Skin cancer is the most common cancer in the United States and worldwide. The Skin Cancer Foundation estimates that one in five people will develop skin cancer by age 70, and more than two people die of skin cancer in the US every hour. (1) Early detection is key to improved survival rates. According to dermatologists, these are 12 skin cancer symptoms that you may be missing.
The Silent 12 Skin Cancer Symptoms You Might Miss, According to Dermatologists
Though skin cancer is common, it is easily preventable and treatable when caught early. There are three types of skin cancer (2):
- Basal cell carcinoma (most common)
- Squamous cell carcinoma (second most common)
- Melanoma (least common but most deadly)
Unfortunately, there are many skin cancer symptoms that people don’t know about, so they don’t notice them when they appear. These are 12 skin cancer symptoms that many people miss, according to dermatologists.
1. Moles and Skin Growths That Aren’t Black or Brown
We all know to keep a close eye on our black and brown moles. However, dermatologists say that there are more types of skin growths to pay attention to than just those. Dermatologist Adele Haimovic explains that some melanoma moles can be pink or more closely match the color of your skin. Called amelanotic melanomas, they can appear more as just a bump on the skin, and therefore we ignore them. (2)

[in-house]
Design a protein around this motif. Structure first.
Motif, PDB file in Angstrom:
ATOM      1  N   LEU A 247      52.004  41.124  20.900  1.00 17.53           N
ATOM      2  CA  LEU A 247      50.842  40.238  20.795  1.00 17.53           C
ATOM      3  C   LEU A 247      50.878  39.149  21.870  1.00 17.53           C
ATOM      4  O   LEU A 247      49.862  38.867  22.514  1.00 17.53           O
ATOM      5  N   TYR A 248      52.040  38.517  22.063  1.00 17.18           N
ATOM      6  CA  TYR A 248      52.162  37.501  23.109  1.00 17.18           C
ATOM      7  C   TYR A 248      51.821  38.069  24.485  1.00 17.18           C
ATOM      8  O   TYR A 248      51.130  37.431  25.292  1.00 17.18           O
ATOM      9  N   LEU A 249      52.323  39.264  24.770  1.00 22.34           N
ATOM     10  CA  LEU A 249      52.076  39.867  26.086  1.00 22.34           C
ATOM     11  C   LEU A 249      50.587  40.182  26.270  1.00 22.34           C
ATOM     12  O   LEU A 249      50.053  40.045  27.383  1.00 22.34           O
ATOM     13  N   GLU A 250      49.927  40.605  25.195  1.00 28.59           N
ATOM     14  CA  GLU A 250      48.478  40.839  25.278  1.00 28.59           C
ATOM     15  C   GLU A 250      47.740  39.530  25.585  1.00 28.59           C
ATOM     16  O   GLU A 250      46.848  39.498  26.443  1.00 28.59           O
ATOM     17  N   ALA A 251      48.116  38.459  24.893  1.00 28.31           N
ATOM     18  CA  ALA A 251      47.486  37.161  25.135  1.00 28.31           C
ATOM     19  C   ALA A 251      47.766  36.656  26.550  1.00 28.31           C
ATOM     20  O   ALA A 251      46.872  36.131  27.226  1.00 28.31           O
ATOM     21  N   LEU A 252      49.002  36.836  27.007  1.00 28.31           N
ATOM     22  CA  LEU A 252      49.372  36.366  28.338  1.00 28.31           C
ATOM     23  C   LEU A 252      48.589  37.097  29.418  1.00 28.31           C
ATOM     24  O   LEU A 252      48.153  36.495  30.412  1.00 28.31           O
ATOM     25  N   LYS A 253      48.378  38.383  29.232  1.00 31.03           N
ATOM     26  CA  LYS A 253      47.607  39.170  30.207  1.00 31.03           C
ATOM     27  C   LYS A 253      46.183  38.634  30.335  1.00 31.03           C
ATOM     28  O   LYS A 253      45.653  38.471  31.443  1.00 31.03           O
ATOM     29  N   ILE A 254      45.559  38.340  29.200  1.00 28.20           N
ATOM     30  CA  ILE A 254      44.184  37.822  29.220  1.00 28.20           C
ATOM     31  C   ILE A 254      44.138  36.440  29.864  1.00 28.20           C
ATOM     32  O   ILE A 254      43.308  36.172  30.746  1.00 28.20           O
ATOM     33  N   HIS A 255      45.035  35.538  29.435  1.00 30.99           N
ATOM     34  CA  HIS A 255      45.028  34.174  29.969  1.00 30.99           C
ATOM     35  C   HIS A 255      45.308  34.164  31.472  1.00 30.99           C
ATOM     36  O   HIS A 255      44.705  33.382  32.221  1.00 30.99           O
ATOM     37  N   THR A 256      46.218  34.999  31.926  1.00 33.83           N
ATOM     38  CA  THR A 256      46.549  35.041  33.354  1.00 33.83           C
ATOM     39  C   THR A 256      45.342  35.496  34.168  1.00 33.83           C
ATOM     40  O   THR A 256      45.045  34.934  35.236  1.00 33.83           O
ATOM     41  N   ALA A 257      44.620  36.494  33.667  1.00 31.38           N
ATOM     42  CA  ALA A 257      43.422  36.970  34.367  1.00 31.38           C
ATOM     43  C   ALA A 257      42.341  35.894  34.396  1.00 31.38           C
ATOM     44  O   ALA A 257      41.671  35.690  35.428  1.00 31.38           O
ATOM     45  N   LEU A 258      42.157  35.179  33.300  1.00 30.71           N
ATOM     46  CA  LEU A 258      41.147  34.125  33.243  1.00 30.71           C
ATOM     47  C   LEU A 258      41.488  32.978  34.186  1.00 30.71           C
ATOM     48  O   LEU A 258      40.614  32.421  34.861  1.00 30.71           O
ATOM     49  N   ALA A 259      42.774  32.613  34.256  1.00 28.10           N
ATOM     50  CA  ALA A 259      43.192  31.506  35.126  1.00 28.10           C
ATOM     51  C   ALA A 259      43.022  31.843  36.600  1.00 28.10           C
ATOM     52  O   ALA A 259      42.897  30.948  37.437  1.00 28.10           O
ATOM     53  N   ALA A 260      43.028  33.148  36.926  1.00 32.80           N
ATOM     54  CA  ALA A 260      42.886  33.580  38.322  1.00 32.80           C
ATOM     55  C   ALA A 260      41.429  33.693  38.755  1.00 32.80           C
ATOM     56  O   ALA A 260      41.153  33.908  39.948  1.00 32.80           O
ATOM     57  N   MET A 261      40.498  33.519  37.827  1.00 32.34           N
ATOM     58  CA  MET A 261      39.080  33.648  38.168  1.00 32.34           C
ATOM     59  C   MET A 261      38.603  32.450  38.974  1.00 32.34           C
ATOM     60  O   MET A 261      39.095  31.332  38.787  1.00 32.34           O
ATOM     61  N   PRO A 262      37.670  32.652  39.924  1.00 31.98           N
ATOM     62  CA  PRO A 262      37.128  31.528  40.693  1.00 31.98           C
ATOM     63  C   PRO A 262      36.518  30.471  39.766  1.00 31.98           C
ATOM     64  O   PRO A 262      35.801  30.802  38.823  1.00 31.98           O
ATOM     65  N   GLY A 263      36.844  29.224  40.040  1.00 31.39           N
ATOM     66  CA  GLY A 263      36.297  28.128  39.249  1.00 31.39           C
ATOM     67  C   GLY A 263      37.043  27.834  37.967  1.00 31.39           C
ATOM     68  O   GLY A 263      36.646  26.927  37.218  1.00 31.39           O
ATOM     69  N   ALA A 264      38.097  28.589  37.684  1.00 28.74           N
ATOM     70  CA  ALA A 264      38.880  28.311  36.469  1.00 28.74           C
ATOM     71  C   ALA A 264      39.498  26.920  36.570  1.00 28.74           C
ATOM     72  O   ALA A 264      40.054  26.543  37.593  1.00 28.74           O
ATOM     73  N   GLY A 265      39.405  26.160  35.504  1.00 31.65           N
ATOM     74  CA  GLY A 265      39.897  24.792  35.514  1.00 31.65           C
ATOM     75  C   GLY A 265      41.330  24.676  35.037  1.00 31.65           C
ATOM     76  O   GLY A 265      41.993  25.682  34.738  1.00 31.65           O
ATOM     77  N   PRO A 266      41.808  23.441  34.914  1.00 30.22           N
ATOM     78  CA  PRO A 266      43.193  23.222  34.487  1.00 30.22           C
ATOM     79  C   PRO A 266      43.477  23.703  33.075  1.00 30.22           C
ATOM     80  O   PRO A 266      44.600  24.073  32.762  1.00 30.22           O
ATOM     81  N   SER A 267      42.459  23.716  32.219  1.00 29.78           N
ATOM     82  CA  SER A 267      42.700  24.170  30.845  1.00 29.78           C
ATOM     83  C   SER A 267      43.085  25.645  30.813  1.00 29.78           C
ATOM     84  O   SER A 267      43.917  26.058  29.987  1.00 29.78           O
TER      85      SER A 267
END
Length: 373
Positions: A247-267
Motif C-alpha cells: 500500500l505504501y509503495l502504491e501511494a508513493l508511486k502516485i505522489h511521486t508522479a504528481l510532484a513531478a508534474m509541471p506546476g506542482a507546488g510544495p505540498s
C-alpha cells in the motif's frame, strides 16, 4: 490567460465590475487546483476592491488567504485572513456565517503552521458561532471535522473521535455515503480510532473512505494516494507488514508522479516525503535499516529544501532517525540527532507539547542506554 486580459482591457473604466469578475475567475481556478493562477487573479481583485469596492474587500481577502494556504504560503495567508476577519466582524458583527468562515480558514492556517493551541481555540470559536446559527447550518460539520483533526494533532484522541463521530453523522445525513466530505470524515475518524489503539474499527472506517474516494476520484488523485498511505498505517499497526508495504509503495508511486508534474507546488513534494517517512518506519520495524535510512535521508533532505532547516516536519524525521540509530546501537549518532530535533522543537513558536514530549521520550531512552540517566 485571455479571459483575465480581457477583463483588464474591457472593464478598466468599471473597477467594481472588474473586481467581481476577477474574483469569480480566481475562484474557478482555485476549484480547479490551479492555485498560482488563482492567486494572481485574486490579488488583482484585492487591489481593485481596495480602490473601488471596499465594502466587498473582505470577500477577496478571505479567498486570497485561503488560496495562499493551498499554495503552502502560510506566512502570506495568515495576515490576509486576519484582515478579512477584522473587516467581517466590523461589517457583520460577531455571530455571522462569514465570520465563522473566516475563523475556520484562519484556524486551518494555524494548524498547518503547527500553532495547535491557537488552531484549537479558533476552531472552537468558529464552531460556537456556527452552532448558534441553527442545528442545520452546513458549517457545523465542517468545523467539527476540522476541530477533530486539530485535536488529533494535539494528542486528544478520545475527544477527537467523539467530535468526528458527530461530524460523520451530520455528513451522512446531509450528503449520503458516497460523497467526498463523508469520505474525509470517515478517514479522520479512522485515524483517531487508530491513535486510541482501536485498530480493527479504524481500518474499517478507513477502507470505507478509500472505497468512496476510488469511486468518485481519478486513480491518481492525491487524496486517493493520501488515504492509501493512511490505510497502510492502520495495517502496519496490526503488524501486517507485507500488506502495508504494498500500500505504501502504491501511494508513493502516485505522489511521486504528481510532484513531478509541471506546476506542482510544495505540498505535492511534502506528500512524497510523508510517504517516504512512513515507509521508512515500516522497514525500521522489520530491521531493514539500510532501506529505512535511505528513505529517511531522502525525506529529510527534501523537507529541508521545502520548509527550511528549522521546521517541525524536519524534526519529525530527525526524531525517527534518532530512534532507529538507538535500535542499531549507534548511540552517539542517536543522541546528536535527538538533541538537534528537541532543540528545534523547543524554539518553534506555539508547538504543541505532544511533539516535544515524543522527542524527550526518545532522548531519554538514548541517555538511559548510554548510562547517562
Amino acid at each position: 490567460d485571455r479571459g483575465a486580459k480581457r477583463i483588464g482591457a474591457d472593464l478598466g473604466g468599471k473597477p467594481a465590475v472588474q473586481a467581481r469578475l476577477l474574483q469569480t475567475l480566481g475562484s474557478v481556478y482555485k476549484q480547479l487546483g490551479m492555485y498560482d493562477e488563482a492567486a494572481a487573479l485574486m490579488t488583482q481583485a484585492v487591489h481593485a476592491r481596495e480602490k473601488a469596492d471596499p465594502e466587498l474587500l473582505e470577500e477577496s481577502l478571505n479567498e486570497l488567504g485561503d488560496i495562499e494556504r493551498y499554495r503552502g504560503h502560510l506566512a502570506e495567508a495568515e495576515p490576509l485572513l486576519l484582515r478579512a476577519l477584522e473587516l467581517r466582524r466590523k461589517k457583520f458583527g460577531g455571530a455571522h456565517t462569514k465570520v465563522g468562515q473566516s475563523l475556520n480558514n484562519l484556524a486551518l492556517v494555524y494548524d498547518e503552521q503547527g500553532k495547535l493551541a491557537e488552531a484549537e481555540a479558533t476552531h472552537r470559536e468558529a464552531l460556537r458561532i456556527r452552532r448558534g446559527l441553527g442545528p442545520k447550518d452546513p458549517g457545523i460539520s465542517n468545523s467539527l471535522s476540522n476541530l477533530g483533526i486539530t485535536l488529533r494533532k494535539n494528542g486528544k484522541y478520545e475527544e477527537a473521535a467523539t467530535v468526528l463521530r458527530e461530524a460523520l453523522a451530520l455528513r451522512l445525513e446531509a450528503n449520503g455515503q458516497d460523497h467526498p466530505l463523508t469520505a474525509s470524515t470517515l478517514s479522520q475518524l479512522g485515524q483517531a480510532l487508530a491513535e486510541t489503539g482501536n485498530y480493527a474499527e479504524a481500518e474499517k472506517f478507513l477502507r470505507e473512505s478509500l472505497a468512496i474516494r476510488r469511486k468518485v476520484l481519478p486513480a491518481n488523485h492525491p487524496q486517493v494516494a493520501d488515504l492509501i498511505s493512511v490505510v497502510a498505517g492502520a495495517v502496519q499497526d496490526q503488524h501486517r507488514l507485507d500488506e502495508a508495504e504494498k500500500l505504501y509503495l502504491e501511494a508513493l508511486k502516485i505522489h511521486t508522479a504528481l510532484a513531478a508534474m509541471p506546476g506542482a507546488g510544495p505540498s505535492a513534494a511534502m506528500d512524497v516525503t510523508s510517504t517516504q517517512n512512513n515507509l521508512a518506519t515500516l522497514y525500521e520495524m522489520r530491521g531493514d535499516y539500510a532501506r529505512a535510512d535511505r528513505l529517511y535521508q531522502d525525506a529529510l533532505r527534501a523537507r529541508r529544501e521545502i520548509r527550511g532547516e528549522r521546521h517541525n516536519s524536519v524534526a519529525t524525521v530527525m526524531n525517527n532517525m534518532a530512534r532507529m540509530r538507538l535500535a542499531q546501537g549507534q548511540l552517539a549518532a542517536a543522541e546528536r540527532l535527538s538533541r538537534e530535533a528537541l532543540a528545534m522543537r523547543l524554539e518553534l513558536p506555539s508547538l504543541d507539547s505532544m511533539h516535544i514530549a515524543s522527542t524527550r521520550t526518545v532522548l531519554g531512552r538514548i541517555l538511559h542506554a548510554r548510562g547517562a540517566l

2. Family History
We don’t often associate skin cancer with family history. After all, isn’t it more related to sun exposure than anything else? While that may be true, having malignant skin cancer in your family increases your risk of developing melanoma by 50%. If you have a family history of this disease, you must have regular check-ups with a dermatologist to catch developing cancer cells early. (2)
3. Bleeding After Shaving
If you shave often, you probably cut yourself from time to time. However, if you notice this happening frequently, it could mean there is something more problematic at play. Basal and squamous cell carcinomas bleed easily from even minor traumas like being shaved over. Pay attention when you shave – if you notice the same spot bleeding every time, get it looked at by a dermatologist. (2)
4. A Recurring Pimple
Everyone gets acne, and often in the same acne-prone places. Dermatologists say pay attention to your pimples. If you’ve got one stubborn one that just won’t seem to go away, it might not be a pimple at all. (2)